The origins of man
The black race has almost no Rh negative blood and did not mate at all with Neanderthals, whereas other races did mate with Neanderthals and have much more Rh negative blood (e.g. approximately 20-30% of Basque people have Rh negative blood). This indicates that they resulted from a different genetic experiment, a different Adam and Eve if you will. Of course, the different races had their own Adam and Eve as well. The exact number of Adam and Eves is unknown but there had to have been at least two because of the differences between Rh positive and Rh negative blood.
Aside: Rh positive blood has a genetic link to the primate family, but Rh negative blood does not. All of which makes Rh negative blood the blood of the gods.
In addition, there has been interbreeding between the different human races over time so a complete genetic family tree may never be possible. Recent discoveries, however, indicate that:
- One of the origins of man can be traced back 400,000 years to Australia through Australian Aboriginal mitochondrial DNA. This study was done by Alan Wilson and Rebecca Cann who originally gained notoriety for their famous theory of Mitochondrial Eve.
- A new DNA study from the Harvard Medical School, in collaboration with the Max Planck Institute for Evolutionary Anthropology, found that ancient man interbred with a still unknown species (which is connected to the story in Genesis 6:4).
Back to Genesis
As for the Genesis story, the creation of the heavens and earth (in Genesis, verse 1) is just that, a story. The account of the creation of man has a basis in fact, although modern man was not created by God, the Prime Creator, but rather by an extraterrestrial race. That story is spelled out quite clearly in the Sumerian records and was the basis for Genesis, verse 2. The rest of the Old Testament is basically a retelling of the family history of the Hebrews/Israelites in order to try and establish a link back to the gods and the genetic experiment that produced them. Even the royal families of Europe today maintain their royal bloodline from the gods in order to give them what they consider to be a “divine right to rule”. The masses, however, are not supposed to know about their genetic heritage. They have been cut off from the Tree of Knowledge and don’t realize that they, like Adam and Eve, are naked. The gods of Eden believed in slavery. That’s why they created us, and slaves we are, even today.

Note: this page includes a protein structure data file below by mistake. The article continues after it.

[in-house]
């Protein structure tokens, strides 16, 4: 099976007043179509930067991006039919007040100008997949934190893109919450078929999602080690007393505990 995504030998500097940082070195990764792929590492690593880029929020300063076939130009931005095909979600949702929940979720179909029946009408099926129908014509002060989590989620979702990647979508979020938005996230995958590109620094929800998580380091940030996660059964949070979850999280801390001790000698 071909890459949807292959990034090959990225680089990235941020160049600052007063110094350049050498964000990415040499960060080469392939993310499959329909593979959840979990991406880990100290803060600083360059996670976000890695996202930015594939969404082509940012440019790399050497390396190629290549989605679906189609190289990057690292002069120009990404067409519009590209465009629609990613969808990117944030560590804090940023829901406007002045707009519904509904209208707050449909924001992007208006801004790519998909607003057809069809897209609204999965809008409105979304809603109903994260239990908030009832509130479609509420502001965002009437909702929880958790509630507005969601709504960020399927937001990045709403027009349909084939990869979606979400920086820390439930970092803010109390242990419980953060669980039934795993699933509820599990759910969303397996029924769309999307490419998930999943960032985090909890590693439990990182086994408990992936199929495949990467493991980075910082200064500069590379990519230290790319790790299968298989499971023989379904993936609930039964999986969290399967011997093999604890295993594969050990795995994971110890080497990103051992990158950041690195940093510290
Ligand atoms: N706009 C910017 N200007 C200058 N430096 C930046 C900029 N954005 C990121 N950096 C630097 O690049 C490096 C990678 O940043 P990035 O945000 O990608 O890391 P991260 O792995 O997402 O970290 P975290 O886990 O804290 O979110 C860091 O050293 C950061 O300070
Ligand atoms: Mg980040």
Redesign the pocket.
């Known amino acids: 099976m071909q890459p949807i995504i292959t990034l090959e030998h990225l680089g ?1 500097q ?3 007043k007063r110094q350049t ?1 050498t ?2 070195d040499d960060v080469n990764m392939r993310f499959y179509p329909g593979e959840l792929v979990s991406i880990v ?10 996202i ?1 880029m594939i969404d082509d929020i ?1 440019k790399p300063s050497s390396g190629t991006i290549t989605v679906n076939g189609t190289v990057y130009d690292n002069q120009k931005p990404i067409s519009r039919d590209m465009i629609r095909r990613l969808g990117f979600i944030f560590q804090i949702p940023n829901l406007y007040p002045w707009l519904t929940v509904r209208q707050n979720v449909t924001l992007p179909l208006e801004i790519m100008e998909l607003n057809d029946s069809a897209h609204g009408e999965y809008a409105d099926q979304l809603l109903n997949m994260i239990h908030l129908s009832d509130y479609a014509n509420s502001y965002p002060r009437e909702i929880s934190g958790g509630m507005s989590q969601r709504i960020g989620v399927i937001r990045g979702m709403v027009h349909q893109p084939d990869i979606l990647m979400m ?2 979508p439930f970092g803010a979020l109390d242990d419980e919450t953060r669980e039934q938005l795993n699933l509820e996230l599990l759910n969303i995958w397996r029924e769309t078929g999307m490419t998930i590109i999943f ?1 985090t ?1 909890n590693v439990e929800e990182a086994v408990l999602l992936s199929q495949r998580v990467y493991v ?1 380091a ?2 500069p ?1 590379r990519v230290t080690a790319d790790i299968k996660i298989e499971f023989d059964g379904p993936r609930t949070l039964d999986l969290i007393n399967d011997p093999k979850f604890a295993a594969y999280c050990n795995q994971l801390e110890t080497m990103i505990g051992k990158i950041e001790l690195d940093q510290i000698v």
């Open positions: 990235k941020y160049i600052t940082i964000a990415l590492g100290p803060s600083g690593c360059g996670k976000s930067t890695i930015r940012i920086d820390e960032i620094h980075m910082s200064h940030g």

“In the beginning, all there was was God. That’s God, with a big G. He created the Big Bang and all that came before it. Billions of years later, along comes god, spelled with a little g. Now the gods needed workers to help make their lives more comfortable, or as Genesis says – man was needed to till the garden. So they took the DNA from existing life forms on this planet and upgraded it with their own DNA (since they were a physical species themselves). In other words, we really were created in the image and likeness of god”.
– The Ethical Warrior, Genesis Revisited